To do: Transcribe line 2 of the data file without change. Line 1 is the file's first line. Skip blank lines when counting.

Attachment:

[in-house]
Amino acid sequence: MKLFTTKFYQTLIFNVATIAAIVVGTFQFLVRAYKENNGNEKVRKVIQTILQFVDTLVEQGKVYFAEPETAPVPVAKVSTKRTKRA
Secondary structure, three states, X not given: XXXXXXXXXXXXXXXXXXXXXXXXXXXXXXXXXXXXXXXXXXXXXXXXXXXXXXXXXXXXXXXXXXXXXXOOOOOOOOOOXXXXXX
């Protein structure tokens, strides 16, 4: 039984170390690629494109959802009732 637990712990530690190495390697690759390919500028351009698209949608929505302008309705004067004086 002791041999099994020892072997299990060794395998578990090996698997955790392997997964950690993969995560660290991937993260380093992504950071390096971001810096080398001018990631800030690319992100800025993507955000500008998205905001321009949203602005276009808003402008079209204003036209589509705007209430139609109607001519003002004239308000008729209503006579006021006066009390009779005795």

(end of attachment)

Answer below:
Amino acid sequence: MKLFTTKFYQTLIFNVATIAAIVVGTFQFLVRAYKENNGNEKVRKVIQTILQFVDTLVEQGKVYFAEPETAPVPVAKVSTKRTKRA